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Foucault, the body, power,

January 30, 2012


“It has been stated that such groups [as, for example, the working class, women, ethnic minorities] cannot possess the power to make free choices in leisure because of their identities (Clarke and Critcher, 1985). For Foucault, however, power is not exercised in a wholly negative fashion (power over), but can used in a positive way (power to), in as much as power is seen as residing not only in institutions in society, but also in the individual. It can be said, therefore, that ‘In emphasising the enabling and prescriptive attributes of power, Foucault demonstrates that leisure should be conceptualised as simultaneously freedom and control’ (Rojek, 1985: 152). With regard to the government of the body, Foucault sees the production of ‘docile bodies’ as necessary for the state to control populations. In the beginning (i.e. after industrialization):

The investment of the body by power had to be heavy, ponderous, meticulous, and constant. Hence those formidable disciplinary regimes in the schools, hospitals, barracks, factories, cities, lodgings, families. And then, starting in the 1960s, it began to be recognised that such a cumbersome form of power was no longer as indispensable as had been thought and that industrial societies could content themselves with a much looser form of power over the body . . . one needs to study what kind of body the current society needs. (Gordon, 1980: 58)” (p.483)

“Foucault’s argument is that policing is not necessary, once discourses of normalization are constructed: ‘He [sic] who is subjected to a field of visibility, and who knows it, assumes responsibility for the constraints of power . . . he becomes the principle of his own subjection’ (Foucault, 1977: 202–3). Rojek (1985) thus posits some questions which may be asked in order to examine leisure practices using a Foucauldian perspective:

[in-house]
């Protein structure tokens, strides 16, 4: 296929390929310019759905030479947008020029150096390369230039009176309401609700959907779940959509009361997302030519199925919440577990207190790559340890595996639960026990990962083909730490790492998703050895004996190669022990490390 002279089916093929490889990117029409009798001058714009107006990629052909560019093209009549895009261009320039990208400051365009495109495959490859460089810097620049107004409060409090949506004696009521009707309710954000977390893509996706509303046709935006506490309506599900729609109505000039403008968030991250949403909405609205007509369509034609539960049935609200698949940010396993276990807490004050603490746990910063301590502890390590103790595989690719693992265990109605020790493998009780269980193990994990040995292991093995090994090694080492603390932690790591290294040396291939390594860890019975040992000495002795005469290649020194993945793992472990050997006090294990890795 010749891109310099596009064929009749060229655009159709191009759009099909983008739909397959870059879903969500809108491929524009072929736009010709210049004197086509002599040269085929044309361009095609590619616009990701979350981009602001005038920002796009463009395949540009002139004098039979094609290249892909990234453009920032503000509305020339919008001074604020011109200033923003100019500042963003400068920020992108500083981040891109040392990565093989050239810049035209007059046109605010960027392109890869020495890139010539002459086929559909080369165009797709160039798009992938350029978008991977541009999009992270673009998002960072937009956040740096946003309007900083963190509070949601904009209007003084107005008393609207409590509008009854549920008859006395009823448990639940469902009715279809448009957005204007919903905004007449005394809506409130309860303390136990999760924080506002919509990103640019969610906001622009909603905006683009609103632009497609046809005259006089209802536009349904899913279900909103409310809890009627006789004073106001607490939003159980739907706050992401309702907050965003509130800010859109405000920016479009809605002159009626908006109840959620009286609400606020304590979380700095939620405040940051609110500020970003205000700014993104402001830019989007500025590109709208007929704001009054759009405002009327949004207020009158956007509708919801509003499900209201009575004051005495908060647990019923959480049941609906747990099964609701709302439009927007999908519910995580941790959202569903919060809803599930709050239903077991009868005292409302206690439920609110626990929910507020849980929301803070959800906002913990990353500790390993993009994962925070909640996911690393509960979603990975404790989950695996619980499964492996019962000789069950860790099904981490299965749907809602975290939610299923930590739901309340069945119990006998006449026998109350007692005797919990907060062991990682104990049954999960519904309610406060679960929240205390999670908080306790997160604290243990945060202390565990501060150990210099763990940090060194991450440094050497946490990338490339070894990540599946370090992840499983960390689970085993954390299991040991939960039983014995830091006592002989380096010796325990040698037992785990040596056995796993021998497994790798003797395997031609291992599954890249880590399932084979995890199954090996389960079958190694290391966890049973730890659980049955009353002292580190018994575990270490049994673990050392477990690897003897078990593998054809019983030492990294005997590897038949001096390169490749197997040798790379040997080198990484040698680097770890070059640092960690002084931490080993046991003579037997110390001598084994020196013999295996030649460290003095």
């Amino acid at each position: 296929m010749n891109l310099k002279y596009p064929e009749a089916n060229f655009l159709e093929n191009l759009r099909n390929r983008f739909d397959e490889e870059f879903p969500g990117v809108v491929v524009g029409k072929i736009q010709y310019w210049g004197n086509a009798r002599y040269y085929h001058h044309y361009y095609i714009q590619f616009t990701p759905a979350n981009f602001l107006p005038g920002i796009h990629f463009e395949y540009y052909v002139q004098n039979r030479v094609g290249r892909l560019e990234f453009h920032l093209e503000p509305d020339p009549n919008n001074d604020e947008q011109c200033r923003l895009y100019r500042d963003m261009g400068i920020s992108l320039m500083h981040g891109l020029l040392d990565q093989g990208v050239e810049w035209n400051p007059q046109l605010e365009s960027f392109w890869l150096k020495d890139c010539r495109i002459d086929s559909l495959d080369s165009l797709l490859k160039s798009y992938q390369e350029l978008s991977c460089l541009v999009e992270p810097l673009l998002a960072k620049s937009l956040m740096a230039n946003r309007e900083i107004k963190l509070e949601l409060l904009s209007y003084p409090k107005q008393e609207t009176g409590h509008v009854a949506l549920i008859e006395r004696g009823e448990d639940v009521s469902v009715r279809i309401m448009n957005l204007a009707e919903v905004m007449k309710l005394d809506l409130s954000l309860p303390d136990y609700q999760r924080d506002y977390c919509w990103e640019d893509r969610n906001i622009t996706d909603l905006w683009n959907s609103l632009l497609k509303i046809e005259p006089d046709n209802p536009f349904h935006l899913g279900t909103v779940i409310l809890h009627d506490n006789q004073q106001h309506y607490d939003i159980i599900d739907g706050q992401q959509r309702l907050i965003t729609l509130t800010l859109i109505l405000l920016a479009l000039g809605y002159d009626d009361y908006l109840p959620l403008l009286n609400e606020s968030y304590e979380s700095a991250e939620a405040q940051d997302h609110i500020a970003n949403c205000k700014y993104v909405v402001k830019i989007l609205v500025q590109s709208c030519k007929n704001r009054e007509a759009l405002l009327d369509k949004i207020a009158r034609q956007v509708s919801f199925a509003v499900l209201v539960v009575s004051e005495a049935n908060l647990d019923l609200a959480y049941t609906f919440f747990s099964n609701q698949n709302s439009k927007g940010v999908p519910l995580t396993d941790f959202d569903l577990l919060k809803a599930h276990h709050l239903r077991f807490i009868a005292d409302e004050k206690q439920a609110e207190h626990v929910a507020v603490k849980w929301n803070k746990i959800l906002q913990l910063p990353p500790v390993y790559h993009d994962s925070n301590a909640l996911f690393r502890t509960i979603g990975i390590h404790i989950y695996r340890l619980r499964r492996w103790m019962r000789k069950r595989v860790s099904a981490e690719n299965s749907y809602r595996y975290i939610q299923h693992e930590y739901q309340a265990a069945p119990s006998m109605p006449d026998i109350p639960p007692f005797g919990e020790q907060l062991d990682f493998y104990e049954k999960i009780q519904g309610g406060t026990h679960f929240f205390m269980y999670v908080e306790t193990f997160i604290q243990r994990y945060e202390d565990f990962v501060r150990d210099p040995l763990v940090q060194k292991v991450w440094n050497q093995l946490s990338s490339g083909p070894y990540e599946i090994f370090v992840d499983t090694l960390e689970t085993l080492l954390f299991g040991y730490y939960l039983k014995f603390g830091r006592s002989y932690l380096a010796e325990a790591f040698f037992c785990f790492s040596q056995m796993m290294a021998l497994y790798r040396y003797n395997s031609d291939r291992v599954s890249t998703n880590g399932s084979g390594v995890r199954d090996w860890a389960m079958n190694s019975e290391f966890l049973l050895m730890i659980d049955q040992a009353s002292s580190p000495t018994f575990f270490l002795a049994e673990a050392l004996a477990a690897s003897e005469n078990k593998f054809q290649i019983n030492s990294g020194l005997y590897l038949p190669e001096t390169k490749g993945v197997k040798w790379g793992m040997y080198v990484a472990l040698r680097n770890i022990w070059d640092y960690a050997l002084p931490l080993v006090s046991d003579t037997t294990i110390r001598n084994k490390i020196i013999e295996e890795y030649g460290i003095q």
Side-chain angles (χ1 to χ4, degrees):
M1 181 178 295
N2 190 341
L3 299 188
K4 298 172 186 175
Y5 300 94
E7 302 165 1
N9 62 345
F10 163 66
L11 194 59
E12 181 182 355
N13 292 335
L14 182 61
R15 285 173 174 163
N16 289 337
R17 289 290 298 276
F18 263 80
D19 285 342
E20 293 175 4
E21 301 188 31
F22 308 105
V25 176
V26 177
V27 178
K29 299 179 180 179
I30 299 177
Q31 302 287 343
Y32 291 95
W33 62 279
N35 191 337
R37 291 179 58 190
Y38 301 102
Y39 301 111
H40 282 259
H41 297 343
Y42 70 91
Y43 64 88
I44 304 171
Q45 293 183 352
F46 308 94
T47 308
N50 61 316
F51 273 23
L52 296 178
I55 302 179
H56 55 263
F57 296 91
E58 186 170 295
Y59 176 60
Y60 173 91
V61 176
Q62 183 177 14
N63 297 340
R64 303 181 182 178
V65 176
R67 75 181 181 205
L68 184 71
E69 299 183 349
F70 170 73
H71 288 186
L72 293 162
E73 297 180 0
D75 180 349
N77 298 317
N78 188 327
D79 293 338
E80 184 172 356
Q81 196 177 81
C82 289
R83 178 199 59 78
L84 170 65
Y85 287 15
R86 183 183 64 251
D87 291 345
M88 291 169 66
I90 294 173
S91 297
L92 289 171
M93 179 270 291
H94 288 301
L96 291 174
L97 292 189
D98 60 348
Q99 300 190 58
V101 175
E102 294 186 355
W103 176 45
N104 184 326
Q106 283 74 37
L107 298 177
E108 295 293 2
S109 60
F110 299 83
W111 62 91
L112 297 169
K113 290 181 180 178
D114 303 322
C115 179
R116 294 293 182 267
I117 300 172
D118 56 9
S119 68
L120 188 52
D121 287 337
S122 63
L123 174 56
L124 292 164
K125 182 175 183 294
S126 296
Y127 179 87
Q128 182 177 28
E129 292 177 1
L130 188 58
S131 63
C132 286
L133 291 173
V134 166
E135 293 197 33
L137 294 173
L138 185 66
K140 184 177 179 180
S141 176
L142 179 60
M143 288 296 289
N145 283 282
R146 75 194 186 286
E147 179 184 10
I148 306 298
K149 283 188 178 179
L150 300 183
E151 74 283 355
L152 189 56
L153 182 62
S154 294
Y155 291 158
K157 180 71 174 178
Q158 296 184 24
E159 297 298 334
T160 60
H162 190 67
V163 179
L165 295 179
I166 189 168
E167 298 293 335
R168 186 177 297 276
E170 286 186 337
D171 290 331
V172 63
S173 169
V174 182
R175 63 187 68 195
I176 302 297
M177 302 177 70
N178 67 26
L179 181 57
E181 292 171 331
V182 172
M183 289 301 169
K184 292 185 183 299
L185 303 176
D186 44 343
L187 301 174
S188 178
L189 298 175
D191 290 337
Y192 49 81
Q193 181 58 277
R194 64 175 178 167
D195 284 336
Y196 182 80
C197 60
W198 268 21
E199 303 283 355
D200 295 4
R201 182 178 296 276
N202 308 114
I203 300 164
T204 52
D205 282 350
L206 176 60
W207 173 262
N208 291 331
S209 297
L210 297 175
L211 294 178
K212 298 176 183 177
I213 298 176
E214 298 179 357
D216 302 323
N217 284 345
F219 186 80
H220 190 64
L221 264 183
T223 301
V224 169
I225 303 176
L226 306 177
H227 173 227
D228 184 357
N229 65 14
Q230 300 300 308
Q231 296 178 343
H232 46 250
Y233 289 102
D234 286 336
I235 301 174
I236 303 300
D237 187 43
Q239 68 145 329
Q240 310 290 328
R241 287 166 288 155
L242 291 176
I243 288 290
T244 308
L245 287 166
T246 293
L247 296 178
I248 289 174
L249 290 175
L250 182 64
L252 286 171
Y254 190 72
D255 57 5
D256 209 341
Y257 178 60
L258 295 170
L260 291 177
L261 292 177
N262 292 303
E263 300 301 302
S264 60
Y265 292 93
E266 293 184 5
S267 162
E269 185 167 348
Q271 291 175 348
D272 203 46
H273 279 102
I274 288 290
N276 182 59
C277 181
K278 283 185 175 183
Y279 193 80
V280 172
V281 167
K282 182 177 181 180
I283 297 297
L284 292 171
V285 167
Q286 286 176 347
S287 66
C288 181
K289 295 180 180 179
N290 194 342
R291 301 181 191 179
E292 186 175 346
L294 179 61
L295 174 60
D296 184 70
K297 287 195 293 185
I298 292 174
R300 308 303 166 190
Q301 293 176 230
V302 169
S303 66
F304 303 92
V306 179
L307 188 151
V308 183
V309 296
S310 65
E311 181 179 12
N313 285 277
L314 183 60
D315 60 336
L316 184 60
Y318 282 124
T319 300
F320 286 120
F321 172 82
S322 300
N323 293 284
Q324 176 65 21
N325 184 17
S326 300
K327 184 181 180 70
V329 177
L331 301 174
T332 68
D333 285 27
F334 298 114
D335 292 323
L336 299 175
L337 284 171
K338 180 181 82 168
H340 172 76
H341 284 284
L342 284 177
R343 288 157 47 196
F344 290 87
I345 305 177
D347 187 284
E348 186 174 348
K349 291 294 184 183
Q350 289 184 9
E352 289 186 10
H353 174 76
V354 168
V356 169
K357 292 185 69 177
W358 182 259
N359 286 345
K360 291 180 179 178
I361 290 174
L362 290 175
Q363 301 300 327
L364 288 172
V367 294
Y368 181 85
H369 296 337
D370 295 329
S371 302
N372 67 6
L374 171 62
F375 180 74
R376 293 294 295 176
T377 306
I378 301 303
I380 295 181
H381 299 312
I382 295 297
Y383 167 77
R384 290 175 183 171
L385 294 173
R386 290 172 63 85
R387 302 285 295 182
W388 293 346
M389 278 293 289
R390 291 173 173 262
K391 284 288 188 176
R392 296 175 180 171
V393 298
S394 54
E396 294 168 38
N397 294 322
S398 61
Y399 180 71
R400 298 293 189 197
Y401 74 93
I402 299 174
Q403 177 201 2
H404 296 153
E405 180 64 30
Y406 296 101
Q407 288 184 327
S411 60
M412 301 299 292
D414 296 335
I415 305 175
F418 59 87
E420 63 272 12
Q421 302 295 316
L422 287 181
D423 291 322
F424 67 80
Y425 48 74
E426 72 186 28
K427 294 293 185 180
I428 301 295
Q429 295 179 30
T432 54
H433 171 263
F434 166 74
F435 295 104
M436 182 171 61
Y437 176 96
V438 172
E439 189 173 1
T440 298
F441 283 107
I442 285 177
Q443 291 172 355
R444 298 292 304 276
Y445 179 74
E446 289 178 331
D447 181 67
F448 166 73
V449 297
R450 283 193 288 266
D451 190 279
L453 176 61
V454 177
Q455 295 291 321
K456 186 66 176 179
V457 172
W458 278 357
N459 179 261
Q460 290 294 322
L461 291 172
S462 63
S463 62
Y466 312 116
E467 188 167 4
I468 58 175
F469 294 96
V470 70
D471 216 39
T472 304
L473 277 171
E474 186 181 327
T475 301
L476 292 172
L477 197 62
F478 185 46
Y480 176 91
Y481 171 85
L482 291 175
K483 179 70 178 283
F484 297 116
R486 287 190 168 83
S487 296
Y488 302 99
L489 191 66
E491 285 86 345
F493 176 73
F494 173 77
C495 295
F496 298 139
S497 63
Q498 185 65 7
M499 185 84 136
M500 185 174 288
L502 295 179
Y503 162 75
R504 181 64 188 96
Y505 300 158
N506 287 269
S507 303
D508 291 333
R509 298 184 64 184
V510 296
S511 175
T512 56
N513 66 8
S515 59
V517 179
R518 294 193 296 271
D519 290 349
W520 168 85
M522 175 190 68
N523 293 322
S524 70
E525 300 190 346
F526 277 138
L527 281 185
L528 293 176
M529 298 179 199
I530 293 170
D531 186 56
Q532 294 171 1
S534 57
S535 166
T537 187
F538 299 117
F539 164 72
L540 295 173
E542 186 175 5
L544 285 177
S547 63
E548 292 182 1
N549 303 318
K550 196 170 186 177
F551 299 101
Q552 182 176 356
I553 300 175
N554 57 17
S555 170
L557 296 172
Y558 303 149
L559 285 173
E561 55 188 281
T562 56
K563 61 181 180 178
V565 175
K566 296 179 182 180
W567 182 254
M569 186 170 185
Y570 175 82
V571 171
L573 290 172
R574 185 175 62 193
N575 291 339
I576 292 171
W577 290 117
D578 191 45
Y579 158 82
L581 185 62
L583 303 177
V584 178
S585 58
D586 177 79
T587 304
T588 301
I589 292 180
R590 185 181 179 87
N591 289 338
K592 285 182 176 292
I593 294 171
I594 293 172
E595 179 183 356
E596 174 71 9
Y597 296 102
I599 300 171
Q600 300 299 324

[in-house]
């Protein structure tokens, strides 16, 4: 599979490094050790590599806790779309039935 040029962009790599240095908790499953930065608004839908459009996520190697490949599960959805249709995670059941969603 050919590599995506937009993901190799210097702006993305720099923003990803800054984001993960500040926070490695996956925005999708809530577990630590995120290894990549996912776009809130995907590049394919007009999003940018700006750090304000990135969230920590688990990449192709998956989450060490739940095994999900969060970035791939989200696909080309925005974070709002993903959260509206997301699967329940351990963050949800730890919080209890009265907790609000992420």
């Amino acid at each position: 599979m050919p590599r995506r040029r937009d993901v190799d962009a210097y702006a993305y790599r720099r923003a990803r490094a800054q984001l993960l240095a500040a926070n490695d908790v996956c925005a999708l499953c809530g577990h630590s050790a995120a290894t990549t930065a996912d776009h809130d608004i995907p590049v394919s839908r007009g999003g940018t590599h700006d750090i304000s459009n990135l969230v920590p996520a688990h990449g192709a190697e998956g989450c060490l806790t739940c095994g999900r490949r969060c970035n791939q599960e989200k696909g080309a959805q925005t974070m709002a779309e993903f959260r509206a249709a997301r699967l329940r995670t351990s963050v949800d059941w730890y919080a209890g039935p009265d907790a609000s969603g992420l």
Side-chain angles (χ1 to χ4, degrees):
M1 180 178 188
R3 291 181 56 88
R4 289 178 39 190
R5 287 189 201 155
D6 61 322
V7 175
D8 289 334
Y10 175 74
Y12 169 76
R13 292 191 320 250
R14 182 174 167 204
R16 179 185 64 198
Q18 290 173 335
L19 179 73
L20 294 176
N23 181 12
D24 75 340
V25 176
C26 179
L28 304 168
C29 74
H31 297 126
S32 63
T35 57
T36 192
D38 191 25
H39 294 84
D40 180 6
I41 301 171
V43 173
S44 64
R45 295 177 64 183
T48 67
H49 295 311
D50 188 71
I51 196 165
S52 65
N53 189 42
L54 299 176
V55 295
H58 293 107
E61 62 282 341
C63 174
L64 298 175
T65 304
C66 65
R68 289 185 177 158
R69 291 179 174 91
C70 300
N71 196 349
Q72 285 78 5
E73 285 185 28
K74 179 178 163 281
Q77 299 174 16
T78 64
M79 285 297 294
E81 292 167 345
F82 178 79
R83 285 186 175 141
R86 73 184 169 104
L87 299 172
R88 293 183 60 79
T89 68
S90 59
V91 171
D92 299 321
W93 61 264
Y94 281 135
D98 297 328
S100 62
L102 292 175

• What images of healthy and unhealthy leisure exist in society?
• How does the discourse on leisure relate to practice?
• How does leisure conceal and reveal the operation of power in society?” (p.483)

“Foucault (1977) has said little on space, but one of his ideas may be useful in this context. He discusses the notion of ‘utopia’ and ‘heterotopia’ (Foucault, 1986: 24). A utopia is a site with no real place, it is an analogy – an inversion, or a direct representation of, a real space in society. A heterotopia is, he argues, a real place which is like a counter-site – ‘a kind of effectively enacted utopia in which the real sites are simultaneously represented, contested and inverted’. The study of heterotopias could provide ‘a sort of mythic and real contestation of the space in which we live’ (Foucault, 1986: 24) he states.” (p.483)

“I suggest,” writes Sara McNamee, “that the playing of video games by children can be seen as a strategy for contesting spatial boundaries, arguing that a video game is a kind of heterotopy – it can be seen as a place without a place, where on a 2D screen (or monitor) a (sometimes) 3D unreal, inverted and mythical space is there for the player to control and contest. This article shows that while heterotopias exist for girls and boys, they exist in different spaces and through different leisure activities.” (p.484)

Ref: Sara McNamee (2000?) FOUCAULT’S HETEROTOPIA AND CHILDREN’S EVERYDAY LIVES Childhood Vol. 7(4): 479–492


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